“Dust it off!” She clucked her tongue in a thoroughly irritating manner. “I should think not. You need a complete re-style if you’re going to create the buzz you need to sell copies of your book.”
He heard the air quotes around the word book and didn’t like it one bit. It was all right for him to call his own work a joke, but for some jumped-up shop assistant with an attitude to look down her nose—that was another situation altogether. “You don’t like the book.”
“I’m afraid I’ve only had time to skim the first few chapters of the advance copy Peony sent me,” she informed him while checking out her French manicure.
In other words, she’d paid only enough attention to support her already concrete opinions about what a jerk he was. She’d probably hated him the instant she read the book’s title. He could tell her he hadn’t picked it, that he’d never intended to tell women how they should behave in relationships and that fancy editing could put a whole different slant on things, but what was the point? She’d already formed her view, and from the stubborn set of her pointy little chin, he didn’t see it changing anytime soon.
This was yet another reason why he should never have taken his sister’s advice and accepted the book deal. He may not be the nicest bloke in the world, but he didn’t relish the possibility of being the most hated guy on the southern continent. For one thing, the notoriety was going to kill his social life.
Not that he’d had much of one lately.
What a lecture Libby Allison would give him if she knew that. A dating guru who was so sick of the game he’d voluntarily spent the season on the bench. He was relieved, at least for now, to be out of the cauldron of coffee dates, away from the potential minefield of casual sex. Lately, he’d stuck to work, beer and poker with the guys and spending nights alone in his apartment above the garage, listening to classic Radiohead until he fell asleep on the couch.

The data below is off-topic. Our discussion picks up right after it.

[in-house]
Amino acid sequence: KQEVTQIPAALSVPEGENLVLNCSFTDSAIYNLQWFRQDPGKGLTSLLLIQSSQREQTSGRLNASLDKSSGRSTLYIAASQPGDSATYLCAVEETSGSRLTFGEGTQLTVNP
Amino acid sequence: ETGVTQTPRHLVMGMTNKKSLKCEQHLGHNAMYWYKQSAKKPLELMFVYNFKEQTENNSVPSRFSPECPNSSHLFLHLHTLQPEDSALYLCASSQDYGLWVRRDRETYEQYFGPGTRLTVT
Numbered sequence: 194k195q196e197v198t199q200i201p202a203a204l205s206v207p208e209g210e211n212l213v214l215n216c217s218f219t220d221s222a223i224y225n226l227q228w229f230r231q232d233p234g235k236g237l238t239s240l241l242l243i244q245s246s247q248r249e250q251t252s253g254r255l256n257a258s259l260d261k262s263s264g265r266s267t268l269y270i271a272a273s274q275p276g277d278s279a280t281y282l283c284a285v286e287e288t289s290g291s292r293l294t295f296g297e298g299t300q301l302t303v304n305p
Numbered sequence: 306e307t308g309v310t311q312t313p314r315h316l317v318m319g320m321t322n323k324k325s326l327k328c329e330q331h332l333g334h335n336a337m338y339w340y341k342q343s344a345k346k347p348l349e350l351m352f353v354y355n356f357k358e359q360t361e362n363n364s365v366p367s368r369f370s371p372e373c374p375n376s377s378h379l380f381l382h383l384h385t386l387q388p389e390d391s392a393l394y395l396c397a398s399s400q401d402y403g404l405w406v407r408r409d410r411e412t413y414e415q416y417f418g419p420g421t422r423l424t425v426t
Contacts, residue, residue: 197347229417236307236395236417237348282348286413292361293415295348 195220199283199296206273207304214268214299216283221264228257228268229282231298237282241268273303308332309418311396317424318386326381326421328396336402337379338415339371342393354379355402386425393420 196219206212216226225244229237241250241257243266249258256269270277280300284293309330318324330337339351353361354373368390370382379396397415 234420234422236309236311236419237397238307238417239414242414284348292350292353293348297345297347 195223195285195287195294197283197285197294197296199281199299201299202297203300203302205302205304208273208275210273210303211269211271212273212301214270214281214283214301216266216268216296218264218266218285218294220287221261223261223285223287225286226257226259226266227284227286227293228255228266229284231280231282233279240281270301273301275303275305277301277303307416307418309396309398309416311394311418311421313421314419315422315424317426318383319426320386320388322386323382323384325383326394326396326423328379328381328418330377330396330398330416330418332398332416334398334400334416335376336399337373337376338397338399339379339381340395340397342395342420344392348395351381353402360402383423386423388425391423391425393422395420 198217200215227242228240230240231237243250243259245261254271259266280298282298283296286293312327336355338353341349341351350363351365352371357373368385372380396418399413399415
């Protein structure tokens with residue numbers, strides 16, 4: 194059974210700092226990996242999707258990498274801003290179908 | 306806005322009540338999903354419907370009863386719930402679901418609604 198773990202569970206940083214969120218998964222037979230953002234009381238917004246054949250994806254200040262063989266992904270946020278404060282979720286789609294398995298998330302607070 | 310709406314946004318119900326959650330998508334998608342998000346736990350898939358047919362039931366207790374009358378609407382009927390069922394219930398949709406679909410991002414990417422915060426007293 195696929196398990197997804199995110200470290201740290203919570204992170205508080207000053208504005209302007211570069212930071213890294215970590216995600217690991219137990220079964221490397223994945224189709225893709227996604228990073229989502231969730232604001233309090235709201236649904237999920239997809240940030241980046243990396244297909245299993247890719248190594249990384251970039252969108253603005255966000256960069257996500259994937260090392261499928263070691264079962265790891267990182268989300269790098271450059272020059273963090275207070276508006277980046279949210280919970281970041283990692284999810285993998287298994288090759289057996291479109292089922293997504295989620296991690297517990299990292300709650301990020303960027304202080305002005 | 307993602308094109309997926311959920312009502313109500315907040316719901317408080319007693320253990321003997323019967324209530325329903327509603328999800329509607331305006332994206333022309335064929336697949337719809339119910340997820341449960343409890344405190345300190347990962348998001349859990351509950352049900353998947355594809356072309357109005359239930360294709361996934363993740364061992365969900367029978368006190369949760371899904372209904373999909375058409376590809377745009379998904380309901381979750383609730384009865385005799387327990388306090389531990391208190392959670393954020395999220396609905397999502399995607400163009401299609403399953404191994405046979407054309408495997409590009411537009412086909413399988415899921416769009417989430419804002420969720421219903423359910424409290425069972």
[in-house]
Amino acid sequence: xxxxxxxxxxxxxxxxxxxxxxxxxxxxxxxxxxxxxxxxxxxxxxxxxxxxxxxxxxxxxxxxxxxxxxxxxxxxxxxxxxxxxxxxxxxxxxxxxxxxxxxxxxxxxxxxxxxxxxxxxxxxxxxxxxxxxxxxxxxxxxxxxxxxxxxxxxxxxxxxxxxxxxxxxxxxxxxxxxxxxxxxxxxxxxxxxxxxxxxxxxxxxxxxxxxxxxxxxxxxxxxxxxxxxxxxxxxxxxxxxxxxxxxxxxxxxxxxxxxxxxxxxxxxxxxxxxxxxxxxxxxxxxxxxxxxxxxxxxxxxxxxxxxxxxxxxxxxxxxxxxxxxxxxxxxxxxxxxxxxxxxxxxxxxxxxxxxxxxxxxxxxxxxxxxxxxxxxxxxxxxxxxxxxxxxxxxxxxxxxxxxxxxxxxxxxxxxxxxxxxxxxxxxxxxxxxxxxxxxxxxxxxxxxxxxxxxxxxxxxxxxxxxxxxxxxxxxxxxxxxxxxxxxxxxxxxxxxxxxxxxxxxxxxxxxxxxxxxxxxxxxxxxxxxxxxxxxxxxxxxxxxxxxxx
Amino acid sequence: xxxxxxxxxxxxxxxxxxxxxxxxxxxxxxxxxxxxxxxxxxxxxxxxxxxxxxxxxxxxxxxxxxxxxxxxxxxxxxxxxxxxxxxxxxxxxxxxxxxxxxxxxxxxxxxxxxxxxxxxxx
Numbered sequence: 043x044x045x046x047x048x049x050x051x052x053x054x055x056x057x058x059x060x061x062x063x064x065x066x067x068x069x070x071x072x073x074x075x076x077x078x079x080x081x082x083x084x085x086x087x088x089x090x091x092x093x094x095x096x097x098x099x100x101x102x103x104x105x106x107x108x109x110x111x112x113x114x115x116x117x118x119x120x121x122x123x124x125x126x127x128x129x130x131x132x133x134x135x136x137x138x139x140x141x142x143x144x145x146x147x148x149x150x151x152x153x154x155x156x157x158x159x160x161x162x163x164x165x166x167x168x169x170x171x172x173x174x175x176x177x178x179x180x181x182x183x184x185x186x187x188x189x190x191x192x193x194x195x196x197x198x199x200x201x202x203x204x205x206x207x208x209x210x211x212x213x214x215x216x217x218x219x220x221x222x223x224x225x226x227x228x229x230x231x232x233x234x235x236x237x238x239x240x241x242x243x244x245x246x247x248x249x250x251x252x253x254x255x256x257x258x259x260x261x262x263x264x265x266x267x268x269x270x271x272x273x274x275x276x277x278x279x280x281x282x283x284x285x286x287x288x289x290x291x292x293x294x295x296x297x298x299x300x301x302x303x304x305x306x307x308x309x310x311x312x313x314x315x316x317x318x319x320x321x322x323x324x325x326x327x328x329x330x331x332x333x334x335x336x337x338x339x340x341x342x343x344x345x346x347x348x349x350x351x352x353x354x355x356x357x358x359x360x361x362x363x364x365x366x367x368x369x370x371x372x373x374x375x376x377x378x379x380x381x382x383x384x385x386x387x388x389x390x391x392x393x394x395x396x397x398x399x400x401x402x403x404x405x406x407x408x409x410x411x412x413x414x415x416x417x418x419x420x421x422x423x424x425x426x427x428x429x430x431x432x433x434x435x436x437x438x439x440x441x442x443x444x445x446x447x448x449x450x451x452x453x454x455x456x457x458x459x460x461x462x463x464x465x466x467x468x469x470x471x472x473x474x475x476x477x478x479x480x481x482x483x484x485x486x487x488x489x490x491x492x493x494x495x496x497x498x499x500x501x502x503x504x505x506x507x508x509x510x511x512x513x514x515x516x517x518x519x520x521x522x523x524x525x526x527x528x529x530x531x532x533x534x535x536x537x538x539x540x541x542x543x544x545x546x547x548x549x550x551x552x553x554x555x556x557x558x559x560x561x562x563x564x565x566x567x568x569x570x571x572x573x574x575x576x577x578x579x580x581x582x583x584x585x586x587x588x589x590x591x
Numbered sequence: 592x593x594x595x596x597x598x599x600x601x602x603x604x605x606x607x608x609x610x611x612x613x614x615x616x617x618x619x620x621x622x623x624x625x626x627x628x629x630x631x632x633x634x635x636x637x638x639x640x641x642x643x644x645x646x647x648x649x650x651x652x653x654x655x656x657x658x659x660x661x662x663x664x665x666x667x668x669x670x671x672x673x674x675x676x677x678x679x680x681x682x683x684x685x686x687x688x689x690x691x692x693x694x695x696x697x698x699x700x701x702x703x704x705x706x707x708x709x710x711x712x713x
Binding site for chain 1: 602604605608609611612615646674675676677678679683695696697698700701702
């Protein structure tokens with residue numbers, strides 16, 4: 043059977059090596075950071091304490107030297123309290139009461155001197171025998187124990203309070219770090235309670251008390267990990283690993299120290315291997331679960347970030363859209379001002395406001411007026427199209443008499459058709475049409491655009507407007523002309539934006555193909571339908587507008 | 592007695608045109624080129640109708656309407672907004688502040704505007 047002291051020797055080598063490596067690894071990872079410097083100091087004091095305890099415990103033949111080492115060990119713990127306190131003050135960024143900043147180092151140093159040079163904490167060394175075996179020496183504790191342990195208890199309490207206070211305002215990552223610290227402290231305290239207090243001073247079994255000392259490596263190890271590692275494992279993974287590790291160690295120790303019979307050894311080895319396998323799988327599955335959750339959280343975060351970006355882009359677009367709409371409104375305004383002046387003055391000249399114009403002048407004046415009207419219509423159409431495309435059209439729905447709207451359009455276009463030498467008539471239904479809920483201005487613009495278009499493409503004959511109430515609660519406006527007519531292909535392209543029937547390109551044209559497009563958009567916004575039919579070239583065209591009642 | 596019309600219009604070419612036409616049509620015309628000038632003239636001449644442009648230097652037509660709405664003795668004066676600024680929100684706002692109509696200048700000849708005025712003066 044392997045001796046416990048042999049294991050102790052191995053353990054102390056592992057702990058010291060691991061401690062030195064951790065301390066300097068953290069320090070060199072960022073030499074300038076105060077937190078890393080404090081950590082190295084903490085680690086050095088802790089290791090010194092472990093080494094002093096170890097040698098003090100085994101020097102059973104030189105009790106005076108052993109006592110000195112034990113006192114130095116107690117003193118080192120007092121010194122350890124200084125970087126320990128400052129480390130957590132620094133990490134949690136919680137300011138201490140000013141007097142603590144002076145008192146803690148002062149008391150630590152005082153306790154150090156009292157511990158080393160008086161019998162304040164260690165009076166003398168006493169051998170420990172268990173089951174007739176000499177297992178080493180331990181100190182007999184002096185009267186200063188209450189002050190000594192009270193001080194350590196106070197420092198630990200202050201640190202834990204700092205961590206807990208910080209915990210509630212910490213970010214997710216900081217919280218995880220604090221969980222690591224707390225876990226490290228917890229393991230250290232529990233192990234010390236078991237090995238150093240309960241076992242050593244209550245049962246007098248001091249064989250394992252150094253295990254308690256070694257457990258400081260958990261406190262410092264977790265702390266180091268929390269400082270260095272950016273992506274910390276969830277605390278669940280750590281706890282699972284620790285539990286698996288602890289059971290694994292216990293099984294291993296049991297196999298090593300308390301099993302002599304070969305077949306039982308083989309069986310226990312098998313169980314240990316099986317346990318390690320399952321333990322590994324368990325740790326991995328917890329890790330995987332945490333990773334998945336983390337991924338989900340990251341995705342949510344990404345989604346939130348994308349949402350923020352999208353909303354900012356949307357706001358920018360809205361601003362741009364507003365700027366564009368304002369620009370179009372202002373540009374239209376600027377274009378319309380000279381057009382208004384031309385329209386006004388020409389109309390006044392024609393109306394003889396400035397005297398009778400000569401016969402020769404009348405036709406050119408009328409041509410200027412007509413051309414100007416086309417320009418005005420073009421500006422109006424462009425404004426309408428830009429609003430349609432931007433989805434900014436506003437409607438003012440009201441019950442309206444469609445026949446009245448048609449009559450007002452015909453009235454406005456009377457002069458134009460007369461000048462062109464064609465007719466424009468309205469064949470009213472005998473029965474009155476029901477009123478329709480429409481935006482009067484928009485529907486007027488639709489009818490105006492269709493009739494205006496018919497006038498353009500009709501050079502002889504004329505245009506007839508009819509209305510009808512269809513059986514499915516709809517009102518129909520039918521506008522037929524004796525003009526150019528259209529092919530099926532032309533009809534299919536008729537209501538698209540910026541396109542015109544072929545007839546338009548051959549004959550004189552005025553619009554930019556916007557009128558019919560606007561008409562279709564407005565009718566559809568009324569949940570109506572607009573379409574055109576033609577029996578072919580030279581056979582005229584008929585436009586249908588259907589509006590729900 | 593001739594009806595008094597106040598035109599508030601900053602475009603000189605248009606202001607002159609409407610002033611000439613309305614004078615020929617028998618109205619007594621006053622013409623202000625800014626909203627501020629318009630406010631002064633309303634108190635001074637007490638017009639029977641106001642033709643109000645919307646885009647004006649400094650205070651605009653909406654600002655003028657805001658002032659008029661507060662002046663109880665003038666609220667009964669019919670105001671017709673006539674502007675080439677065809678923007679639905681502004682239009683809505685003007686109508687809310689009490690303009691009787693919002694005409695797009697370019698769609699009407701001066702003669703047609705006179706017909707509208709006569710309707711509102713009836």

Shit. When put like that, his life sounded pathetic.
“Okay, you win.” Nothing like a little harsh self-reflection to make a guy get off his high horse. “I can try and do something this weekend.” He’d put in an appearance, let the girl pick out a couple of shirts and get it over with. He could manage that.
She pursed her lips. “I think we need more time.”
“I’m working. I can’t just leave.”
“Sure you can.”
Jake groaned at the familiar voice and the certain knowledge that Saul McCallum was going to take the side of the bouncy blonde. His father was always telling him to get out more, to get away from the garage. If Saul had had his way, Jake would never have left his other life in Sydney two and a half years ago to help him run the business in the first place.
Back then Saul had suffered a heart attack. As they both well knew, if Jake hadn’t come back when he did, his dad would have had to sell the business. Everything the old man had worked for gone in a puff of smoke, all because Jake wasn’t here to pick up the slack.
Jake had been determined not to let that happen, and Saul had never quite forgiven Jake for giving up his high-flying job in Sydney to come back here. Neither had he forgiven himself for needing Jake too.
“I’m Saul McCallum,” Jake heard his father tell Libby. “I own this place.”
“McCallum. You two are related?”
“Jakey’s my son.”
Jake winced at the childhood nickname.
“Of course he is. I see where he gets his looks.”
She thinks I’m good looking?
His father let out a pleased laugh at the chickadee’s clichéd charm. Jake rolled his eyes. He couldn’t believe he’d been fooled for even a nanosecond, or that he’d gotten a kernel of satisfaction from the possibility that Libby Allison thought he was attractive. She was only trying to ingratiate herself with Saul. Her view of Jake as a badly dressed grease monkey was fairly transparent. Clearly, he was not her type.
Jake tuned back into the conversation in time to hear his father officially granting him the next two days off so Libby could whip him into shape.
“Sounds painful,” Jake muttered, already dreading spending the next two days with the perky, fiery-tempered Libby Allison. Image consultant. What kind of job was that anyway?
“Don’t grouse, son,” Saul said. “You could do with a woman’s touch.”
Ain’t that the truth. He doubted his dad had meant the comment that way, but too many nights sleeping alone on the couch had obviously started to get to Jake. Sadly, he didn’t see his reawakened libido being satisfied anytime soon.
And certainly not by the petite, polka-dot-loving blonde he was stuck with for the next couple of days.
Don’t waste your time trying to change how your man dresses. Most men don’t give a rat’s ass what’s in fashion this season. And no matter what you put him in, he’s the same primal, testosterone driven animal underneath. You might as well embrace it.
At ten after nine the following day, Jake climbed the stairs to the headquarters of Image Solutions. Situated above an office offering tax returns done while you wait—how else should they be done?—and a pokey store touting vintage clothing—read: secondhand—the office space was understated, which surprised Jake. After meeting Libby, he had half suspected the walls to be painted bright pink and decorated with pictures of LOL cats. But the cream walls and standard black and gold lettering on the glass doors bespoke of a business that took itself seriously.